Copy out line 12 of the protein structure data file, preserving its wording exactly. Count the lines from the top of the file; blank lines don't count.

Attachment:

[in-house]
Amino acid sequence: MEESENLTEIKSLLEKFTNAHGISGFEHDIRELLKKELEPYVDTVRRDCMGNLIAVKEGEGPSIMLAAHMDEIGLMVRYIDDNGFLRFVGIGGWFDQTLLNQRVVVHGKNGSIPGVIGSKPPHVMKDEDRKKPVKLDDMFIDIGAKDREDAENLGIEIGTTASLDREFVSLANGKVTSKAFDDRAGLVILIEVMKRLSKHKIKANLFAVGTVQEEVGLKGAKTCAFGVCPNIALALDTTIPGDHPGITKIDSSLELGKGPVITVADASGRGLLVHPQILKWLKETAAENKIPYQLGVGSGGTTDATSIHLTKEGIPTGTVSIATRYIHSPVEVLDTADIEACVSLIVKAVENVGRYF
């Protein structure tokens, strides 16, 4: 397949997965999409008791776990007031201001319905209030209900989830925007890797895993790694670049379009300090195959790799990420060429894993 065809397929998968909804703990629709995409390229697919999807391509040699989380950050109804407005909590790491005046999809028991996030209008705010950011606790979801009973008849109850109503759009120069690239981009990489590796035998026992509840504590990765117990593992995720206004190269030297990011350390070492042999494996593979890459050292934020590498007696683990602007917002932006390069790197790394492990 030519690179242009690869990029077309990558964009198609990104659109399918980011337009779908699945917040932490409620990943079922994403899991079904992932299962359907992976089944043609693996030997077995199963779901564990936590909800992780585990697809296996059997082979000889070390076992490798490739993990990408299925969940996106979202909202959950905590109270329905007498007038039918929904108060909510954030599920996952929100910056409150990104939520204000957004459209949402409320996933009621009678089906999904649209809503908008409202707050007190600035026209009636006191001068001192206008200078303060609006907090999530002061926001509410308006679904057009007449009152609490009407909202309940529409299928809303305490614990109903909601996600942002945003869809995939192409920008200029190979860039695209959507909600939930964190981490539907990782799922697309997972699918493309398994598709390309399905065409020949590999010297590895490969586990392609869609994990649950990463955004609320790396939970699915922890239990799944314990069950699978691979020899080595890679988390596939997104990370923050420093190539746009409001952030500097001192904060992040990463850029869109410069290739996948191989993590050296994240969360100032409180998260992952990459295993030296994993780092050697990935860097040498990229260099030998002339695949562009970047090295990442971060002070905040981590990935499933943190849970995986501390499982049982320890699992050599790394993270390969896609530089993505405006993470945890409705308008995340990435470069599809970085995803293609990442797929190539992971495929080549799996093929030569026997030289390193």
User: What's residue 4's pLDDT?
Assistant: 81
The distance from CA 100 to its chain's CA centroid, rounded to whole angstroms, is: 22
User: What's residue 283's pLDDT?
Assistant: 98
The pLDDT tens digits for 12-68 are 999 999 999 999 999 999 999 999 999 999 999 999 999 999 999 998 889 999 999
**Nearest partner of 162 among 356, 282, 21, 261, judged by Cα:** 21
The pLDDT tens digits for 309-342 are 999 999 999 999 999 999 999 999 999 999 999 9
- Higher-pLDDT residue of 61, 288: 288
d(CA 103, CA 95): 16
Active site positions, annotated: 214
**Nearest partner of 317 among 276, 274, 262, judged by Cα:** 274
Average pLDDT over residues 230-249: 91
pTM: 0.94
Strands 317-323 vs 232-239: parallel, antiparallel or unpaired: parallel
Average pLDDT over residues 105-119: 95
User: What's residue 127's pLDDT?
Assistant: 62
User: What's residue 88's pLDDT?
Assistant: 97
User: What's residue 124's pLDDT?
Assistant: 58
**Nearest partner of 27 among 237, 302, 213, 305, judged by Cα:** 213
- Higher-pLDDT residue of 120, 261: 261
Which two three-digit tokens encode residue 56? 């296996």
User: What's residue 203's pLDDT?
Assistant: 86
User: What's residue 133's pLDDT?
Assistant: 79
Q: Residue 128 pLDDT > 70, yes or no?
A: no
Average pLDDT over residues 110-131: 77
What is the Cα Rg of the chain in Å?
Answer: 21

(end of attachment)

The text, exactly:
- Higher-pLDDT residue of 61, 288: 288